Chapter 7 bankruptcy helps debtors in North Dakota ease the burden of debt by converting assets to cash to repay creditors. At the end of the bankruptcy, the debtor can get a discharge of their remaining debts. However, filing for bankruptcy often impacts credit scores; this may make getting mortgages harder but not impossible.
Waiting periods for conventional loans
Credit scores commonly stay on a credit report for 10 years after the date of filing for Chapter 7. It takes some time to rebuild credit scores and become creditworthy again. A debtor can usually apply for conventional loans in four years, but each lender has different requirements.
If the debtor filed bankruptcy because of frivolous expenses, they commonly must wait the full four years before applying for a conventional loan. If the debtor filed because of an unforeseen circumstance and has since improved their finances, they may reapply for a loan in 24 months.
However, a debtor could get lower rates the longer they wait to apply. They may also submit a letter to the credit report that explains to the lender why they filed for bankruptcy.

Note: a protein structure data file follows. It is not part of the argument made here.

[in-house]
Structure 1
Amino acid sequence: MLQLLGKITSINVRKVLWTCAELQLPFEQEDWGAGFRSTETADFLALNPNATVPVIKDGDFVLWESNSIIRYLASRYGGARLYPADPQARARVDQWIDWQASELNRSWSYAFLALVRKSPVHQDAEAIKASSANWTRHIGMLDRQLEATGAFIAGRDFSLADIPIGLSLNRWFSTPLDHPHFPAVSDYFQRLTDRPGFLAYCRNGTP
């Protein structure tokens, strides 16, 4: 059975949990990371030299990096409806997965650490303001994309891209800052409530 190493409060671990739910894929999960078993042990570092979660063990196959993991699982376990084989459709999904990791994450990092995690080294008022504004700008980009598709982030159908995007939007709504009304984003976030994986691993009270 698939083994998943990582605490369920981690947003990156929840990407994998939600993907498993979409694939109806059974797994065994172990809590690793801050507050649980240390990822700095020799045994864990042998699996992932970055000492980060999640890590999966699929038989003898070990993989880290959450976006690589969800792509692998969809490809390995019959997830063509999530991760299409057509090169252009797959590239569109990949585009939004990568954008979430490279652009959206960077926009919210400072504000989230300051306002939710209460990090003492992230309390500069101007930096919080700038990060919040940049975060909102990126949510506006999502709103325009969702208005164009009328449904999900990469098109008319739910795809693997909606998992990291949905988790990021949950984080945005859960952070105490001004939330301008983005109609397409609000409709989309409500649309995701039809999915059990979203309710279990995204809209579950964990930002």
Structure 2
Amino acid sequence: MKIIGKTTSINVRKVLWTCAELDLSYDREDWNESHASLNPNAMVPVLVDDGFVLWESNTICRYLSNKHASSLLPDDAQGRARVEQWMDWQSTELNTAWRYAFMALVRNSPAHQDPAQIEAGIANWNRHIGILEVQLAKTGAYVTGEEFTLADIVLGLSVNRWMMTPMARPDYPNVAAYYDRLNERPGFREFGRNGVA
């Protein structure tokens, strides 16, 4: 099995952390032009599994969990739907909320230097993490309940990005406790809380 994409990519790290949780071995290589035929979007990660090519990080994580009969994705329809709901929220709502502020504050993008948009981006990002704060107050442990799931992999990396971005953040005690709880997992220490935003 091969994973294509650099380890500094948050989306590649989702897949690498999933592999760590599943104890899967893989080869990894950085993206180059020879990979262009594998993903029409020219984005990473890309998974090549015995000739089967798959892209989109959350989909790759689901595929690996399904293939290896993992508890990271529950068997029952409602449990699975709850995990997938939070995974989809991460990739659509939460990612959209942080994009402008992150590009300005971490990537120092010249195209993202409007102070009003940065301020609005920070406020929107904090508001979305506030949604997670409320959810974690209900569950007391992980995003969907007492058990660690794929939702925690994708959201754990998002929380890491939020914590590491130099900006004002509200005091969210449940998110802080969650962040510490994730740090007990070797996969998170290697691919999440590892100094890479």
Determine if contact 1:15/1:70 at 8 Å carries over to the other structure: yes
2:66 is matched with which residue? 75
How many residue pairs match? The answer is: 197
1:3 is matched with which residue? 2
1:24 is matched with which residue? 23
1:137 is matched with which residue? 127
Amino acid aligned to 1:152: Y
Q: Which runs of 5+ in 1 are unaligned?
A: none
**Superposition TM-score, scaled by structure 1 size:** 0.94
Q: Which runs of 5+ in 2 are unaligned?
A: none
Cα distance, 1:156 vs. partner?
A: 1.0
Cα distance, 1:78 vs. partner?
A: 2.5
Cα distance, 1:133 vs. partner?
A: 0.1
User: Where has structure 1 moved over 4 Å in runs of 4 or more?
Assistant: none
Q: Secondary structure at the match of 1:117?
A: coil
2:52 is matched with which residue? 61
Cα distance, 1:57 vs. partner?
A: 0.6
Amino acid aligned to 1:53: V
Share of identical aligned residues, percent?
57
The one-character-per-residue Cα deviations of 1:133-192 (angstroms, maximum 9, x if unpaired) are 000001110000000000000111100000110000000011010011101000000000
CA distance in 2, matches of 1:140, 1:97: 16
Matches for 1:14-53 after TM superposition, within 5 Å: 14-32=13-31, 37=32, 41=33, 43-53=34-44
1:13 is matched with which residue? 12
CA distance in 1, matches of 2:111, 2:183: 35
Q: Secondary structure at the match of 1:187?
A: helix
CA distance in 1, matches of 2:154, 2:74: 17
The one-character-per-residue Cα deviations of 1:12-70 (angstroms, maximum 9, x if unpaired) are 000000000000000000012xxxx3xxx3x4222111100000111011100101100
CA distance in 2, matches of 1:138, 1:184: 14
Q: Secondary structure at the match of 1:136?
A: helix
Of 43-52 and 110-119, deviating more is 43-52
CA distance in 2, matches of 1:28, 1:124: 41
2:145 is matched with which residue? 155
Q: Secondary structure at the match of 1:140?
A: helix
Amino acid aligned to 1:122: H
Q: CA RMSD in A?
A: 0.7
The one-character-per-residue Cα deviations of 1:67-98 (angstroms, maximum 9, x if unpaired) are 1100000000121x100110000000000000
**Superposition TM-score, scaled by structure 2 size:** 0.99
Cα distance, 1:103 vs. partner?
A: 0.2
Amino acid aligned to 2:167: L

Waiting periods for government loans
The department of Housing and Urban Development offers FHA loans for first-time home buyers with no credit or low credit scores. Mortgage applicants need to show a positive credit history for two years, have a steady job and have a credit score of 580. If the applicant can prove that the bankruptcy occurred because of something out of their control, they may apply in one year after the discharge.
VA loans help veterans get a mortgage without a down payment in two years after bankruptcy discharge. Veterans aren’t commonly subjected to some of the same bankruptcy rules as non-veterans, but they still need a credit score of 620. A debtor may get a loan provided by the United States Department of Agriculture in three years or possibly sooner if the filing occurred because of something out of the debtor’s control.
It is possible to get a mortgage after bankruptcy, but real estate law varies by state. If a debtor has questions about buying after a bankruptcy, they should consult a lawyer about their options.